I have the special honor of hosting one of my favorite authors, Beem Weeks on his tour of “LIFTING AS WE CLIMB: WHAT WORKS FOR ME” Blog Hop. #RWISA

 

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BEEM WEEKS

  • How long have you been writing?
  • Pretty much most of my life. But I got serious with it while writing record and concert reviews for my high school newspaper.
  • How many books have you authored? Please give us up to 3 titles?
  • I’ve written one novel—Jazz Baby—and a collection of short stories called Slivers of Life. I also have short stories in about six other anthologies. I hope to have a second short story collection for release this spring.
  • Do you have a writing schedule?
  • I do not have a schedule. I write when the urge strikes.
  • You’re a member of RAVE WRITERS – INTERNATIONAL SOCIETY OF AUTHORS (RWISA). Why do you think you were accepted into this exclusive group? 
  • I’d like to believe it’s because I spent a lot of time getting my novel just right. Quality is what RWISA is all about. I certainly care about quality—both in what I write and what I read.
  • Modesty aside, what separates your writing from the millions of other writers in the world?
  • My stories. They are all mine. They come from inside of me. I have a way of hearing what the characters are saying. I can feel the story as I’m creating it.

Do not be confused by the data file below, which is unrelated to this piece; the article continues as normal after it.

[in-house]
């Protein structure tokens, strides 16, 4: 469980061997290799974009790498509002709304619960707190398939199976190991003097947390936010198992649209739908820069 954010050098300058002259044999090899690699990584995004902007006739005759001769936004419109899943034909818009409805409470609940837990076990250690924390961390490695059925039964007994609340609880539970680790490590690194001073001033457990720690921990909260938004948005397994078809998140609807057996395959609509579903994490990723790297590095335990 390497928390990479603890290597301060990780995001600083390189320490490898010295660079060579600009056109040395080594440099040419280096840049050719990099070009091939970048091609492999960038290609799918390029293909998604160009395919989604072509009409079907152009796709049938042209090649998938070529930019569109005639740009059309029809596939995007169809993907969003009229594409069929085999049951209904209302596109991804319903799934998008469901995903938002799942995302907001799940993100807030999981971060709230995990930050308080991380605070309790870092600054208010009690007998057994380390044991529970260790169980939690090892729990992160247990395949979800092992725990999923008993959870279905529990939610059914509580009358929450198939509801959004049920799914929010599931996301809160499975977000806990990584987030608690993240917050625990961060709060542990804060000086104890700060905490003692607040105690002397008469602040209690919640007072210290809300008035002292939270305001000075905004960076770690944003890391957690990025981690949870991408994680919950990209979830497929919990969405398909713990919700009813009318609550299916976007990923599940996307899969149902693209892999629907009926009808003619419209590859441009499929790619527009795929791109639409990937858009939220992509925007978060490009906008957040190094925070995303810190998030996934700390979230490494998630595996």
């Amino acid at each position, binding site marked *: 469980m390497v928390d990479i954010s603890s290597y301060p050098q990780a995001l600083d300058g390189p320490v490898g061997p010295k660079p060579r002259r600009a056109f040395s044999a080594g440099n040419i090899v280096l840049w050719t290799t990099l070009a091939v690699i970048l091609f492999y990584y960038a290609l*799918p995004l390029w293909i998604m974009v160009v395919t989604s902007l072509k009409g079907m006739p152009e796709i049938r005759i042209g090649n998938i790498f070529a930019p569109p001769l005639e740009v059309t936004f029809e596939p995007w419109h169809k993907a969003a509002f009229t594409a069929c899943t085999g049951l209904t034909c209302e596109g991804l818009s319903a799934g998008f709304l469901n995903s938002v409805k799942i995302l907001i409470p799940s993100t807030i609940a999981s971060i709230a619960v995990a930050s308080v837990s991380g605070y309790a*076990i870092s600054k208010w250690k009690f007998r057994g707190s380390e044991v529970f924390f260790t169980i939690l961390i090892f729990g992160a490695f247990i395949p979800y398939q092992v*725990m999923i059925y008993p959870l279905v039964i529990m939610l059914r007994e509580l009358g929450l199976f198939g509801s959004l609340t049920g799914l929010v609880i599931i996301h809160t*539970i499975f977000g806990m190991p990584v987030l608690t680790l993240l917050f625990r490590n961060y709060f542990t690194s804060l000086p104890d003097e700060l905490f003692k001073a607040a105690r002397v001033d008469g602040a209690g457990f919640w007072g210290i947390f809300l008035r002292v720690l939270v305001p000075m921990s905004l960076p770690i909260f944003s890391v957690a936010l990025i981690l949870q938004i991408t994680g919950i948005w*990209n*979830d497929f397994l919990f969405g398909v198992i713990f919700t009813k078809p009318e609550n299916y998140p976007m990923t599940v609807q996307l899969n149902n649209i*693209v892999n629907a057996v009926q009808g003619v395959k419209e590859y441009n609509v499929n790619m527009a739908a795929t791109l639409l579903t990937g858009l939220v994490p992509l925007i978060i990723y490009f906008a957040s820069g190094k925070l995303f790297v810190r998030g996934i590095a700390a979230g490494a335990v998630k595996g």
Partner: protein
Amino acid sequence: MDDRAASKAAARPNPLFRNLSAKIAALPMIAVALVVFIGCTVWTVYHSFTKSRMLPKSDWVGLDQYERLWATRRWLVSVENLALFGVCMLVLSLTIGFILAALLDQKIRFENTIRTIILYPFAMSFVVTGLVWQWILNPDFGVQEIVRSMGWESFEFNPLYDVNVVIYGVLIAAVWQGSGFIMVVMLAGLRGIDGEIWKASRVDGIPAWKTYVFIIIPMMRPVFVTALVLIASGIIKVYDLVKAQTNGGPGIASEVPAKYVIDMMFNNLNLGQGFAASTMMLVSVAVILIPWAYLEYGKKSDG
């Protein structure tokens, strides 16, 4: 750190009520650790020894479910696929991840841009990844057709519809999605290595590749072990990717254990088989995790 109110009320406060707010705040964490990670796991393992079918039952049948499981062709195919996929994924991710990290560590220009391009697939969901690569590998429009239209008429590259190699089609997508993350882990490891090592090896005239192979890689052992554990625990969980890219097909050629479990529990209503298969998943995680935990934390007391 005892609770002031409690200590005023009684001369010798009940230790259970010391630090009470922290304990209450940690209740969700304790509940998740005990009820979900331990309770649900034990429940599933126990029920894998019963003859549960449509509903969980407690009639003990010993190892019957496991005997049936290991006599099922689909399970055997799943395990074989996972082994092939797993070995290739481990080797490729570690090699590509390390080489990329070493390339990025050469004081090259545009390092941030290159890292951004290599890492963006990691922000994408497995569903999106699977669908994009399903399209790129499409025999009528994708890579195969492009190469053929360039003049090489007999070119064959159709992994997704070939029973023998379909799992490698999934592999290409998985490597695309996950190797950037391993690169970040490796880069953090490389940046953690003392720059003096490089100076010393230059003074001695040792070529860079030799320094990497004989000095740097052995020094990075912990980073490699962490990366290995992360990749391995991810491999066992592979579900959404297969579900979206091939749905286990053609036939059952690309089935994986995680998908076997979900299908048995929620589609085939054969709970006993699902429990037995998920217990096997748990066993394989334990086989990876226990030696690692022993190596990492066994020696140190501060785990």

• If you could spend a day picking the brain of one author, who would that be? Why? 
  • M. Homes. She writes great quirky stories with strange characters. Her style changes with each different story she creates—which keeps her writing fresh and inventive.
  • Are you a die-hard INDIE writer who loves having complete control of your work, or, if you were offered a publishing contract today, would you sign on the dotted line?
  • I’d sign. I’m not going to lie. If given a chance to have a major marketing machine behind my work, I would grab that brass ring and stuff it in my pocket—along with the advance check! However, as an indie, I have the final say in everything connected to my work. Indie is where I am, and I will never be anything other than proud to be part of the indie community.
  • As an author, where do you see yourself in 5 years?
  • On the set of Jazz Baby: The Movie as a paid consultant to the director. If not, hopefully I’ll be content with wherever I may be. Of course, I hope to have a couple more novels finished by then.
  • What is the ONE tool that has been the most beneficial tool in the marketing of your books?
  • RRBC, without a doubt. The internet is vital to a writer these days. But belonging to a huge community like RRBC gives us a greater platform within the internet platform. We carry name recognition among our fellow members. This is so vital.
  • What is the one piece of advice that you could share that would be most valuable for those aspiring to not only be writers but those aspiring to be great writers?
  • Don’t rely on your own eyes to edit your work. It doesn’t matter how good you are—or think you are. A writer is too close to the story. A good editor and beta reader will point out what the author may not see—or refuses to see. Just write the story to the best of your ability and let the editor have that final draft.
  • Do you believe that writers who churn out several books a year are really putting out quality work?